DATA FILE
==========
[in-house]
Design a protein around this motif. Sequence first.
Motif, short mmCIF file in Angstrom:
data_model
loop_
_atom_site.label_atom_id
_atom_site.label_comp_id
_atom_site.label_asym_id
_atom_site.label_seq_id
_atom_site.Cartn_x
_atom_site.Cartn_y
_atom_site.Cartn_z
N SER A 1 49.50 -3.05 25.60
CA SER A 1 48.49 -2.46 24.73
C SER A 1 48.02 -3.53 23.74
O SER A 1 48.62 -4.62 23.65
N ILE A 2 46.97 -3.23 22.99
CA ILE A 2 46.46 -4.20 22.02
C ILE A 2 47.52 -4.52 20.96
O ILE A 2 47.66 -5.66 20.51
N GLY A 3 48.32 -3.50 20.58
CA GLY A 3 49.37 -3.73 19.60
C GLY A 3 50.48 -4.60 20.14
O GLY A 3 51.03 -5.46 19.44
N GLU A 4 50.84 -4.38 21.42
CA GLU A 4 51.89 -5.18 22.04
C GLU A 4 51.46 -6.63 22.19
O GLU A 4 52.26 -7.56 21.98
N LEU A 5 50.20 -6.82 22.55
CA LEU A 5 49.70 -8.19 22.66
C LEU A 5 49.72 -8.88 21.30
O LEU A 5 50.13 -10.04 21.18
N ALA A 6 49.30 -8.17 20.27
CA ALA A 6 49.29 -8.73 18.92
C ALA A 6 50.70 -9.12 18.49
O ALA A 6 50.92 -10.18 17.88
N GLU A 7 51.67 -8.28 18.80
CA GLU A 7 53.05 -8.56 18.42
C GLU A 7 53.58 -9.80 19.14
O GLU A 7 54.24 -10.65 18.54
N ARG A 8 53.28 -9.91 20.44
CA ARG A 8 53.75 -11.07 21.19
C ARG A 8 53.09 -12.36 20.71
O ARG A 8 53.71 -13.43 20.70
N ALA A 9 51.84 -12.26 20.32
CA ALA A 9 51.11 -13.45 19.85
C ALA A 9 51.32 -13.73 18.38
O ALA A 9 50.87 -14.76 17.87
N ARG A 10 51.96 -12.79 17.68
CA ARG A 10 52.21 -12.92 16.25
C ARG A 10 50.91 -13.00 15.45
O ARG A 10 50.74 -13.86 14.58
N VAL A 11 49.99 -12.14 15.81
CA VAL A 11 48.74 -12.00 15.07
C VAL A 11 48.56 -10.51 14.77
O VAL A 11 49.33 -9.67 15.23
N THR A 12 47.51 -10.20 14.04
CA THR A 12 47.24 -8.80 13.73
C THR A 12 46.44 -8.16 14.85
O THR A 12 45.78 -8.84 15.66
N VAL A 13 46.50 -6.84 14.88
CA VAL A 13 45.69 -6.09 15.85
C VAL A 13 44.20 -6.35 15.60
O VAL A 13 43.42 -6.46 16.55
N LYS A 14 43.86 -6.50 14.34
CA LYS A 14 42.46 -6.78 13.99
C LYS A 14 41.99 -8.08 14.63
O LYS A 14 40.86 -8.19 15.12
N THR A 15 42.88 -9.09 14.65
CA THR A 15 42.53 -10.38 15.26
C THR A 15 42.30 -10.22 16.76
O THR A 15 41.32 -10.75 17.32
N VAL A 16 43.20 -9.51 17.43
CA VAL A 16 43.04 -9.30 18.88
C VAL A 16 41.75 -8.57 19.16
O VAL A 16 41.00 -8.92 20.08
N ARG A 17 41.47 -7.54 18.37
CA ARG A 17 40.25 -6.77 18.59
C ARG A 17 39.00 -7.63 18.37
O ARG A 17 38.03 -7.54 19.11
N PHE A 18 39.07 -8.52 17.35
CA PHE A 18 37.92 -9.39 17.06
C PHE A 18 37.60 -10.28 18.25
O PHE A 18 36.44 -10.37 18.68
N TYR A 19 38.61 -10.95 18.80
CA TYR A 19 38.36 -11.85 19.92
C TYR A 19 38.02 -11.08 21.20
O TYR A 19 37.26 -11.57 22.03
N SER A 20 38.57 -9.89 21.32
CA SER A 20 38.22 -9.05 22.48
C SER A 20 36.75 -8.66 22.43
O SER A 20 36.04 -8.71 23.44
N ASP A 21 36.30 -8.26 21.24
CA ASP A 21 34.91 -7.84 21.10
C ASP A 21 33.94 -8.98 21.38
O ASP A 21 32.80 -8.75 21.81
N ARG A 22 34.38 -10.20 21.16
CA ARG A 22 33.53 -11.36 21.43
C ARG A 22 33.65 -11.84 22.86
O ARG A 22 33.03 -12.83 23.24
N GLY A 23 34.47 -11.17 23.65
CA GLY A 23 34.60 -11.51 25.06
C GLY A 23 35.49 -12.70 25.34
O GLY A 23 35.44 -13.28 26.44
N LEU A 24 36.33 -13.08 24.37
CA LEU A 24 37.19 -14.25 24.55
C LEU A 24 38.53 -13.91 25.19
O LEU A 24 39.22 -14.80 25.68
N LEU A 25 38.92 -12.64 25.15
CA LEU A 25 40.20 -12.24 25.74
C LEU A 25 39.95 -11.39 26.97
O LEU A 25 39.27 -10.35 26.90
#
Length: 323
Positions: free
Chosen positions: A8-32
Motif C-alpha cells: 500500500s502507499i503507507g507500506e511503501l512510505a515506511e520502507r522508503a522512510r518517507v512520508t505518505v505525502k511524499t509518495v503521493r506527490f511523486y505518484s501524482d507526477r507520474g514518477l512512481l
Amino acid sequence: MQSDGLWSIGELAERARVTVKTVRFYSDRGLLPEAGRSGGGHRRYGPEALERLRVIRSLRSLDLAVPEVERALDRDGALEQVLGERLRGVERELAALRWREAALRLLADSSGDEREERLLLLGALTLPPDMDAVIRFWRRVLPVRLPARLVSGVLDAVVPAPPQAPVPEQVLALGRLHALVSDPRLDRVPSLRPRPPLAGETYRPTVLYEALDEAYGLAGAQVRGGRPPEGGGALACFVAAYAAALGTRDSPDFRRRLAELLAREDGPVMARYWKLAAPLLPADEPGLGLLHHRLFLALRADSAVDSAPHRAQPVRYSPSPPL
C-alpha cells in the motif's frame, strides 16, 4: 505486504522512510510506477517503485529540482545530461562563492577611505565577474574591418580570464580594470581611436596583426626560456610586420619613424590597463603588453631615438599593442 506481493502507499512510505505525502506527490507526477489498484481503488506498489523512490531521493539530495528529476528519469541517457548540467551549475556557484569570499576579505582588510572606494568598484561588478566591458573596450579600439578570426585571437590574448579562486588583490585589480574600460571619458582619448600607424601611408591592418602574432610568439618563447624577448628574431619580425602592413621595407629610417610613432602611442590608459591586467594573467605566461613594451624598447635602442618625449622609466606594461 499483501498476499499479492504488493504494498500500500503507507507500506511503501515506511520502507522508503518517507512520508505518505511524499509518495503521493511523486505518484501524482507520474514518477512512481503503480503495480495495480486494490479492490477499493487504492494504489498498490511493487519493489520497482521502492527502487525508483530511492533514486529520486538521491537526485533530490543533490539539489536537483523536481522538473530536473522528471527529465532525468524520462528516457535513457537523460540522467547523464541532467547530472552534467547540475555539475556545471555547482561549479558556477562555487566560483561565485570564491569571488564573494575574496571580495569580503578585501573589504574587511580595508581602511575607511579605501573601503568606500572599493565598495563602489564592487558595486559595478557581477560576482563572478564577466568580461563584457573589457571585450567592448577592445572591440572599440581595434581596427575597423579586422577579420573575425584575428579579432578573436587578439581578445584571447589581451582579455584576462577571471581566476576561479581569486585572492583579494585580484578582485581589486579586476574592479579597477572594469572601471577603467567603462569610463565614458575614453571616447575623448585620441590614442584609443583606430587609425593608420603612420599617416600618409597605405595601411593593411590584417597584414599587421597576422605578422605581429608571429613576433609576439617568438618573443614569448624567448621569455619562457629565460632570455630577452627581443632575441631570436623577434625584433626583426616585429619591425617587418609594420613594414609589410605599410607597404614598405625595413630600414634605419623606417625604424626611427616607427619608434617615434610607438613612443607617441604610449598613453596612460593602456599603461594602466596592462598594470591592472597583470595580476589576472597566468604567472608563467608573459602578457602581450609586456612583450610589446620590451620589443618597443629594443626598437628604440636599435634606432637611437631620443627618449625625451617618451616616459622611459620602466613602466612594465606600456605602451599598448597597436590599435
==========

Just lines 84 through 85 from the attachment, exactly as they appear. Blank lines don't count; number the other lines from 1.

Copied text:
O PHE A 18 36.44 -10.37 18.68
N TYR A 19 38.61 -10.95 18.80